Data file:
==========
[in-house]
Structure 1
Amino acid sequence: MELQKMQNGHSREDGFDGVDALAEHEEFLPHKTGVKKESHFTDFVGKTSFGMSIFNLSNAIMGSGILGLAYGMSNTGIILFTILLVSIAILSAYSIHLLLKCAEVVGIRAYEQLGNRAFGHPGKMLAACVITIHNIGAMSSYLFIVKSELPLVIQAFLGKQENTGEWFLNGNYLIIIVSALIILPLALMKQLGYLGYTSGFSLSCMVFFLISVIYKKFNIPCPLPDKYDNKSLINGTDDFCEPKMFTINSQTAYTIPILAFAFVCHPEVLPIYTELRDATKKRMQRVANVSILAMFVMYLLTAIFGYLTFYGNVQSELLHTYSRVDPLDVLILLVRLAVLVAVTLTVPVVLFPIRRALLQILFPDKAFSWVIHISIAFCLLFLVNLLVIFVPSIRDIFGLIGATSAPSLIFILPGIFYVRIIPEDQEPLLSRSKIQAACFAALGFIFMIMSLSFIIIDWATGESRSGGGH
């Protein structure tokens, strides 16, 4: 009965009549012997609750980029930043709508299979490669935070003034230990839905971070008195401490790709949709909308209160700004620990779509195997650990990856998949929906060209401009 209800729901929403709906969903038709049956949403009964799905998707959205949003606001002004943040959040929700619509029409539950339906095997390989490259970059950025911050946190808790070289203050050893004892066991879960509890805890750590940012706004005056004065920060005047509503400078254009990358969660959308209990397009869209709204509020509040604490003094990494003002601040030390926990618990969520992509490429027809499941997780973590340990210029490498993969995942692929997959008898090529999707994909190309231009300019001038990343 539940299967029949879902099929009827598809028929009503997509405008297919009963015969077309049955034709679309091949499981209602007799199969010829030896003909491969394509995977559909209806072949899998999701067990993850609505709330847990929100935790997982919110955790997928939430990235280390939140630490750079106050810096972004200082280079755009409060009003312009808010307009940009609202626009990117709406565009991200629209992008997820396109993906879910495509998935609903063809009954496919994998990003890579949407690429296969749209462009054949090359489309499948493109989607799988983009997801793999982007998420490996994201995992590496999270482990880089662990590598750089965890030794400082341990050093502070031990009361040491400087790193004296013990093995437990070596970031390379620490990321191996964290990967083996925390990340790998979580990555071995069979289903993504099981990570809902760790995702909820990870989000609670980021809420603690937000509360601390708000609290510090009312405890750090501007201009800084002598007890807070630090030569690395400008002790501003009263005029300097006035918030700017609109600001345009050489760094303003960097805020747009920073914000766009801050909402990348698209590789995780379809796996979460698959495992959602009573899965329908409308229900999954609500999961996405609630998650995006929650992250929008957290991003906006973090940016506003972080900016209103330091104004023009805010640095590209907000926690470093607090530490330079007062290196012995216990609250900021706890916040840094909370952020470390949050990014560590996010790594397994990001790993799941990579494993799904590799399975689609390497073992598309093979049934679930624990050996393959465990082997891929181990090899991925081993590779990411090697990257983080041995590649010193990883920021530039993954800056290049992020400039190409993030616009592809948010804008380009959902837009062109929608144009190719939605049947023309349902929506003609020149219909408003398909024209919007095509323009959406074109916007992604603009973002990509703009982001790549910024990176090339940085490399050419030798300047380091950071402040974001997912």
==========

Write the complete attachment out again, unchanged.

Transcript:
[in-house]
Structure 1
Amino acid sequence: MELQKMQNGHSREDGFDGVDALAEHEEFLPHKTGVKKESHFTDFVGKTSFGMSIFNLSNAIMGSGILGLAYGMSNTGIILFTILLVSIAILSAYSIHLLLKCAEVVGIRAYEQLGNRAFGHPGKMLAACVITIHNIGAMSSYLFIVKSELPLVIQAFLGKQENTGEWFLNGNYLIIIVSALIILPLALMKQLGYLGYTSGFSLSCMVFFLISVIYKKFNIPCPLPDKYDNKSLINGTDDFCEPKMFTINSQTAYTIPILAFAFVCHPEVLPIYTELRDATKKRMQRVANVSILAMFVMYLLTAIFGYLTFYGNVQSELLHTYSRVDPLDVLILLVRLAVLVAVTLTVPVVLFPIRRALLQILFPDKAFSWVIHISIAFCLLFLVNLLVIFVPSIRDIFGLIGATSAPSLIFILPGIFYVRIIPEDQEPLLSRSKIQAACFAALGFIFMIMSLSFIIIDWATGESRSGGGH
């Protein structure tokens, strides 16, 4: 009965009549012997609750980029930043709508299979490669935070003034230990839905971070008195401490790709949709909308209160700004620990779509195997650990990856998949929906060209401009 209800729901929403709906969903038709049956949403009964799905998707959205949003606001002004943040959040929700619509029409539950339906095997390989490259970059950025911050946190808790070289203050050893004892066991879960509890805890750590940012706004005056004065920060005047509503400078254009990358969660959308209990397009869209709204509020509040604490003094990494003002601040030390926990618990969520992509490429027809499941997780973590340990210029490498993969995942692929997959008898090529999707994909190309231009300019001038990343 539940299967029949879902099929009827598809028929009503997509405008297919009963015969077309049955034709679309091949499981209602007799199969010829030896003909491969394509995977559909209806072949899998999701067990993850609505709330847990929100935790997982919110955790997928939430990235280390939140630490750079106050810096972004200082280079755009409060009003312009808010307009940009609202626009990117709406565009991200629209992008997820396109993906879910495509998935609903063809009954496919994998990003890579949407690429296969749209462009054949090359489309499948493109989607799988983009997801793999982007998420490996994201995992590496999270482990880089662990590598750089965890030794400082341990050093502070031990009361040491400087790193004296013990093995437990070596970031390379620490990321191996964290990967083996925390990340790998979580990555071995069979289903993504099981990570809902760790995702909820990870989000609670980021809420603690937000509360601390708000609290510090009312405890750090501007201009800084002598007890807070630090030569690395400008002790501003009263005029300097006035918030700017609109600001345009050489760094303003960097805020747009920073914000766009801050909402990348698209590789995780379809796996979460698959495992959602009573899965329908409308229900999954609500999961996405609630998650995006929650992250929008957290991003906006973090940016506003972080900016209103330091104004023009805010640095590209907000926690470093607090530490330079007062290196012995216990609250900021706890916040840094909370952020470390949050990014560590996010790594397994990001790993799941990579494993799904590799399975689609390497073992598309093979049934679930624990050996393959465990082997891929181990090899991925081993590779990411090697990257983080041995590649010193990883920021530039993954800056290049992020400039190409993030616009592809948010804008380009959902837009062109929608144009190719939605049947023309349902929506003609020149219909408003398909024209919007095509323009959406074109916007992604603009973002990509703009982001790549910024990176090339940085490399050419030798300047380091950071402040974001997912």